This means that you won’t pay a single dime more or less in the future and the payment will remain the same throughout the coverage.
Another thing regarding whole life is closely tied to your age and health. Namely, the healthier you are and the younger you are makes a significant difference when determining the premium costs. This is precisely why millions of Americans get this coverage from a younger age.
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Like with every other type of insurance, universal life differs from the rest in multiple things.
For starters, universal life doesn’t differ from the fact that it provides coverage throughout your life. What makes it different is the flexibility.
Universal life is probably the most flexible type of life insurance out there. It’s more flexible than whole life because you can choose the premium payments.
Changing the premium payments will, however, affect the amount of money your beneficiaries will inherit when you pass over. Depending on the monthly payment, the amount of money at the end can either increase or decrease from the standard sum offered.
Another reason why universal life is so flexible is the fact that you choose the amount and when you pay that amount, so long as the first payment is made. This means that for one month you could pay the agreed sum, and pay less the next.
Universal life is all about investing in the future, and that’s why it’s so popular with millions of Americans. It’s a nice way to leave something behind for your children and grandchildren.
One last thing regarding this insurance is that you can also purchase a variation called indexed universal life. Indexed insurance effectively divides your payments into multiple low-risk accounts. This means that a portion of each payment goes into your savings account, while another portion can be used for on the stock market.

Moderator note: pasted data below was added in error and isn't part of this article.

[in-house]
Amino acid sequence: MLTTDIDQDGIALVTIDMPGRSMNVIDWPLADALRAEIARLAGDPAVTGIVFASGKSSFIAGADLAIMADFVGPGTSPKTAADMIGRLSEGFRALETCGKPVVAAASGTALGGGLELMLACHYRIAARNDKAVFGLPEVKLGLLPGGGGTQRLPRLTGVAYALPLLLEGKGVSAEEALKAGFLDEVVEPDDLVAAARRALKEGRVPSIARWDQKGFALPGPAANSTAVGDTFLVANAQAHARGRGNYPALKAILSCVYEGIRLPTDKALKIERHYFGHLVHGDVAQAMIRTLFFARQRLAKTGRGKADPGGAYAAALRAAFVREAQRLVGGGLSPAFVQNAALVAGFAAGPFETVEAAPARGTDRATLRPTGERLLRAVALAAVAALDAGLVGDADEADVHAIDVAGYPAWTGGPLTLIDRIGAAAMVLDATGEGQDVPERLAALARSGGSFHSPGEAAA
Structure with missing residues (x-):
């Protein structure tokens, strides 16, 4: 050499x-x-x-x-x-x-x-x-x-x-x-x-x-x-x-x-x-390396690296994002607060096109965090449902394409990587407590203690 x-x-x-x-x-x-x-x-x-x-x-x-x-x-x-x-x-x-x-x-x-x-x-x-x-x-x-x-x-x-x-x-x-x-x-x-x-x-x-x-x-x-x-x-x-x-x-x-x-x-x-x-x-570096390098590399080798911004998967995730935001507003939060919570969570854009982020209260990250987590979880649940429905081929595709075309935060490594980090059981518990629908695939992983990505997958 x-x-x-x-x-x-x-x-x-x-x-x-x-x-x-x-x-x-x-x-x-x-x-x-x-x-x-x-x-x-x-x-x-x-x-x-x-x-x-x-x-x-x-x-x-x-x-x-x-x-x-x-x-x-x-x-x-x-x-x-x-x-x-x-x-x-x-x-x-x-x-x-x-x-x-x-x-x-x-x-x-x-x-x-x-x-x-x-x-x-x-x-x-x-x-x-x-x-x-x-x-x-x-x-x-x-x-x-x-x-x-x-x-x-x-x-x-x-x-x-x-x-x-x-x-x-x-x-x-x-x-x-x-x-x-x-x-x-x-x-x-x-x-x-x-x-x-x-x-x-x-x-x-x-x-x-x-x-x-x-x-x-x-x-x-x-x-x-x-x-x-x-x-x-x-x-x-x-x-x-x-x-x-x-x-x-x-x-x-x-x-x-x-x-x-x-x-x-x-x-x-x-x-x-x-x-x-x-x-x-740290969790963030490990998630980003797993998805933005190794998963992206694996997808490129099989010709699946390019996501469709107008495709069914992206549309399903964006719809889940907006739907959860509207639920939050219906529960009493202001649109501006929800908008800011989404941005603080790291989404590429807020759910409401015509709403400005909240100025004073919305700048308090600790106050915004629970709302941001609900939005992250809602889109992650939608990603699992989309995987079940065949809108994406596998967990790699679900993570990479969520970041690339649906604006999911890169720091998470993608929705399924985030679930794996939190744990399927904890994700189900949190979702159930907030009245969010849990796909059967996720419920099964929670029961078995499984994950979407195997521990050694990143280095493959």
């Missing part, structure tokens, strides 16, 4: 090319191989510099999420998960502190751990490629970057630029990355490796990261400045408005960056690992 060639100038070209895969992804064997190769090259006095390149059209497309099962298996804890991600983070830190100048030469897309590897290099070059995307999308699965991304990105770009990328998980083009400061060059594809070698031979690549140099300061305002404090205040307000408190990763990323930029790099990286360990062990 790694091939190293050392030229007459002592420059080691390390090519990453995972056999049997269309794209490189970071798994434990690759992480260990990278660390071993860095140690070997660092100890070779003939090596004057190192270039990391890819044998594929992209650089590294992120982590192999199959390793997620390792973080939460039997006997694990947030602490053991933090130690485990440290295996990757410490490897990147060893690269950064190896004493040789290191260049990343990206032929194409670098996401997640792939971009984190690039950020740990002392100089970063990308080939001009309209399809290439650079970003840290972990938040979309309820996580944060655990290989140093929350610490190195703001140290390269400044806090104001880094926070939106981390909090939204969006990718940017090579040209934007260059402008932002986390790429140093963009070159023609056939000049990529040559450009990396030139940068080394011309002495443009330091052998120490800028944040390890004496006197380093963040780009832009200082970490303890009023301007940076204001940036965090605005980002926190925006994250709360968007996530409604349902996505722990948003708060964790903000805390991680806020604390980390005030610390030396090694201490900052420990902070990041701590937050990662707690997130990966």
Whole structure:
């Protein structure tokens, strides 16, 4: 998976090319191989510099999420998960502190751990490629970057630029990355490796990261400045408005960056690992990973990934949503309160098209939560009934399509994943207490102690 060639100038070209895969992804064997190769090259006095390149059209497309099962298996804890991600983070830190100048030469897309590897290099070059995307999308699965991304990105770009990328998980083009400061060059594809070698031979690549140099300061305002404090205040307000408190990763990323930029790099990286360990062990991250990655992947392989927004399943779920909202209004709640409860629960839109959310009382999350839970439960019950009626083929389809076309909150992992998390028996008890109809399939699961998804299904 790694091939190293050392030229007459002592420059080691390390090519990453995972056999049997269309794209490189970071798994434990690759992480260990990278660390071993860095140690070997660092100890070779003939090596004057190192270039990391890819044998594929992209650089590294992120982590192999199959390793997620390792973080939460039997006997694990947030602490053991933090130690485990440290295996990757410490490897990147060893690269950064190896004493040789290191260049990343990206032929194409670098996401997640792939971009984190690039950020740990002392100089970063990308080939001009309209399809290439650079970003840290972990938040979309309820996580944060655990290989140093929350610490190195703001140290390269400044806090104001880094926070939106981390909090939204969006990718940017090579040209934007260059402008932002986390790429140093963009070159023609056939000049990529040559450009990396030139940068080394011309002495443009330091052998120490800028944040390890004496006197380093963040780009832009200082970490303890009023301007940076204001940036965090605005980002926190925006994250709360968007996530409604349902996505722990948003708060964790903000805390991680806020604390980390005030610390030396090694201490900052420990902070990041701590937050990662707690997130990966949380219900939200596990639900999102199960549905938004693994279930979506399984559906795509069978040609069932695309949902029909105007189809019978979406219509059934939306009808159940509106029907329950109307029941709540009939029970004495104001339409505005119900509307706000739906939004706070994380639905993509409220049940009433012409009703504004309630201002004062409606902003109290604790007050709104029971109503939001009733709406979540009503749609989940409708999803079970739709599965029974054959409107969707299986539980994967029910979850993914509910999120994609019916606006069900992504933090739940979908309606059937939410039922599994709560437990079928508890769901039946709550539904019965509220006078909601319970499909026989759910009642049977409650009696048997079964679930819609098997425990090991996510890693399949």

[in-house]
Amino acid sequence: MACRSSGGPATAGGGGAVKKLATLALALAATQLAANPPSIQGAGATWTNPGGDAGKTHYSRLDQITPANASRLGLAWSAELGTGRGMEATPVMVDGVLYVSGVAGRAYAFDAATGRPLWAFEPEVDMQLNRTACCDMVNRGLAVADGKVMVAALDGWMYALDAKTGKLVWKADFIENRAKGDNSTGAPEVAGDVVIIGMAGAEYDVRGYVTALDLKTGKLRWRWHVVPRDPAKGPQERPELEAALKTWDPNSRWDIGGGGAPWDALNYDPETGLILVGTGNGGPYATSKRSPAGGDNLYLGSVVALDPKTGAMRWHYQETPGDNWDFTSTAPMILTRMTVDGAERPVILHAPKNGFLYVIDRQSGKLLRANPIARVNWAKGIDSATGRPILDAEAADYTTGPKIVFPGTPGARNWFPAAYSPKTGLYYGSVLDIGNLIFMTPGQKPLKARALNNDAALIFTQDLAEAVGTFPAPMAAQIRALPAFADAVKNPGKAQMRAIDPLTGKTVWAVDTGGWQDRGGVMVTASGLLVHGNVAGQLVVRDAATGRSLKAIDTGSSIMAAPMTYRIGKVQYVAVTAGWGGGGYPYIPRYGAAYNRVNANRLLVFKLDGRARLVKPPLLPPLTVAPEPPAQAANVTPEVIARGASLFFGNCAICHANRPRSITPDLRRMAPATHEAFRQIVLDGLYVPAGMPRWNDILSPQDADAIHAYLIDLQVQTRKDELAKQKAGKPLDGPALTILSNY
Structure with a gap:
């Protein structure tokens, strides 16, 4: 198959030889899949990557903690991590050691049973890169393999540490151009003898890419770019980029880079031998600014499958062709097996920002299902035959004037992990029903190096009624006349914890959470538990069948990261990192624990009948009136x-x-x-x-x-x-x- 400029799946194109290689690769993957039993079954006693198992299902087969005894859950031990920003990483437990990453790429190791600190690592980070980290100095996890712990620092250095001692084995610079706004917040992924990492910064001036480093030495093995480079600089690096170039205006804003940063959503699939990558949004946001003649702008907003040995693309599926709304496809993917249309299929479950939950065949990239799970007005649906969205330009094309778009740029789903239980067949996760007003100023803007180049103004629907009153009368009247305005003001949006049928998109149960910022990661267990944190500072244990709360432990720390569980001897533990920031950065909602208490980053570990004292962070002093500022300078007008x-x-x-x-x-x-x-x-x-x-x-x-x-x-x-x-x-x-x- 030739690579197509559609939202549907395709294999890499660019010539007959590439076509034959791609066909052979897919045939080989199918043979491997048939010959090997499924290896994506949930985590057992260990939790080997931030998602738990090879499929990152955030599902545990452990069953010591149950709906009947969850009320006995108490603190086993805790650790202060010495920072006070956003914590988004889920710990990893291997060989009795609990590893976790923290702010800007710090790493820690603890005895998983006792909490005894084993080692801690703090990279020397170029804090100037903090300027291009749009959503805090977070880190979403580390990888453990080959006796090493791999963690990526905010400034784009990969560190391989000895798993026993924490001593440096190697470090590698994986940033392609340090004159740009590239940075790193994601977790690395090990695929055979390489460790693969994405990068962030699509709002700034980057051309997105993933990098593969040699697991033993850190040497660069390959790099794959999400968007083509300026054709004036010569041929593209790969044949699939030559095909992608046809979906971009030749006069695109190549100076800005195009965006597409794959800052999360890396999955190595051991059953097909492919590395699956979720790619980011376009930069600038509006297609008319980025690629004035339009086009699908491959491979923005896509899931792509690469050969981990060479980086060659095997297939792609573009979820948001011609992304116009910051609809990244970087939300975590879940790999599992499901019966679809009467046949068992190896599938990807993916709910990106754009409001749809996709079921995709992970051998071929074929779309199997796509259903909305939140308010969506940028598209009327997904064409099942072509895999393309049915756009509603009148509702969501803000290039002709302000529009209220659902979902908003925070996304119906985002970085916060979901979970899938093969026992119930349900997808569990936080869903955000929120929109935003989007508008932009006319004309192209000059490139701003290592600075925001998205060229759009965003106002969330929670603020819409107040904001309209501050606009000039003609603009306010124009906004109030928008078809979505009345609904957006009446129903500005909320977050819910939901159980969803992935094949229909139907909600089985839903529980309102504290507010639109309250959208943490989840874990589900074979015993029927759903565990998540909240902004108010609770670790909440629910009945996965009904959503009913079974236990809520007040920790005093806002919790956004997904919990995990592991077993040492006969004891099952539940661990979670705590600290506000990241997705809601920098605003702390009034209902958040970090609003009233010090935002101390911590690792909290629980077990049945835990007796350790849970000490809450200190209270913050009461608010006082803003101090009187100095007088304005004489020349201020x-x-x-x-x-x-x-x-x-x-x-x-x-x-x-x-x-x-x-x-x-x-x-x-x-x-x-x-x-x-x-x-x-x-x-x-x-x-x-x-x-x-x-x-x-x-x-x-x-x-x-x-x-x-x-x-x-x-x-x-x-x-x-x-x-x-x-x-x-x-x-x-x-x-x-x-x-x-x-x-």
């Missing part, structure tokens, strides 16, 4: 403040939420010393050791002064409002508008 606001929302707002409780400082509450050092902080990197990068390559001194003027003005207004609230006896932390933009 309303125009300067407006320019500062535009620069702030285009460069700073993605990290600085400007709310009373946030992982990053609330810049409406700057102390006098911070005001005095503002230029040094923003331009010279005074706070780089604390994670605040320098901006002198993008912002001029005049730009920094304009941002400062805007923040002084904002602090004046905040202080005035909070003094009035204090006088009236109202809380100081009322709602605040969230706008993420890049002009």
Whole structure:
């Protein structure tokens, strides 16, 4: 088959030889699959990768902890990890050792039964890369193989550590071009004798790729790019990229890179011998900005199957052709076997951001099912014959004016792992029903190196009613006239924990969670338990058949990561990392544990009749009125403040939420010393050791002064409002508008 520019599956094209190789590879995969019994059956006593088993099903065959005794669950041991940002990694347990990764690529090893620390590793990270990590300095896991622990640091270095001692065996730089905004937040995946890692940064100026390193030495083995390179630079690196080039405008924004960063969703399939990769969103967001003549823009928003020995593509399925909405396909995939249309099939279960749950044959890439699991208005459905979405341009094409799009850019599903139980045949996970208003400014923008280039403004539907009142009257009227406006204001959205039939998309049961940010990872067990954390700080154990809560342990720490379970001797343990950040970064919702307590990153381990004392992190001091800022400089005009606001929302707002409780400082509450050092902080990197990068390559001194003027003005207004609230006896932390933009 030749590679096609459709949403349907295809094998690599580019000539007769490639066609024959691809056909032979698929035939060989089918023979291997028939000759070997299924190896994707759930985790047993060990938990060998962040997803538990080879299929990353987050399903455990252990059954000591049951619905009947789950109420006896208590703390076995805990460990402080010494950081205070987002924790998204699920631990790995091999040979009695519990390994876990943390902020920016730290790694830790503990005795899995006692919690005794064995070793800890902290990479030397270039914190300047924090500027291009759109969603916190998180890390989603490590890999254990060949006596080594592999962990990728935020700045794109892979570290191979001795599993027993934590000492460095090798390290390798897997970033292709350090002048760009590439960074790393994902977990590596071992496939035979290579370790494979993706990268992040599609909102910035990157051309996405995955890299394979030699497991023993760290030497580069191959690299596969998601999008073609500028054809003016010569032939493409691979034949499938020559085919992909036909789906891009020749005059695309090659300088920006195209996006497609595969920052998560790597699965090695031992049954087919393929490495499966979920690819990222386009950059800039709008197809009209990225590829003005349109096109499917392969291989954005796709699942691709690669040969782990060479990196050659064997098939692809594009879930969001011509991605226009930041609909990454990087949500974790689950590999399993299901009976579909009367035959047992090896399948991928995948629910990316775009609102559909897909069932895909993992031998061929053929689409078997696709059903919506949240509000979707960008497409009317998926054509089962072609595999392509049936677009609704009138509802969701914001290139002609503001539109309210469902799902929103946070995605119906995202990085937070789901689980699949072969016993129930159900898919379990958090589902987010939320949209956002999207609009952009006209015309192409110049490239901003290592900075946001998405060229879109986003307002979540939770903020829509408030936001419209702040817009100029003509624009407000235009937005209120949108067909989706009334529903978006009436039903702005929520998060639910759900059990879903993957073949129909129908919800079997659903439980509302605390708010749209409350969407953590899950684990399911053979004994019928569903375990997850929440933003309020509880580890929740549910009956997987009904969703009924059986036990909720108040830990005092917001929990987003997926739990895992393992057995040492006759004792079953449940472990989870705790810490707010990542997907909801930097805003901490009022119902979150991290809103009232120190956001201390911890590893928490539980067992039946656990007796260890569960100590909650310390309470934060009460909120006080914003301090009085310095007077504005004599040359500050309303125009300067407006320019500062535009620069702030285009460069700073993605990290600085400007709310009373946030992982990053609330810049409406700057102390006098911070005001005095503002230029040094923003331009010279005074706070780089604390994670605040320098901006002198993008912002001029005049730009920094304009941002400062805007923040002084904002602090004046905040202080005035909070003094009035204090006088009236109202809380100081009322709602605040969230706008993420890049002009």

And the best thing is that you dictate the amount of money that goes into either.
Joint survivorship is usually taken by couples where both individuals share the same policy.
This life insurance has two policies; first-to-die and second-to-die.
The former is activated when either of the two individuals dies, while the latter can be activated when both die. In the case of the former, whenever one of the individuals dies, the policy pays out to the other individual or any other beneficiaries.
Logic dictates that the policy pays out whenever both individuals die when signing for a second-to-die policy.
The thing you should know about variable life is the fact that the majority of the payments can be invested in multiple subaccounts. As you would imagine, these accounts can either grow or shrink as the investment funds in these subaccounts grow or shrink.
This makes it quite risky, especially if you have no prior knowledge of investing. The risk involved makes variable life not that popular.
These are some of the most popular life insurance policies that you can take to insure yourself. Most of these policies end whenever you die, and the policy pays out to your beneficiaries.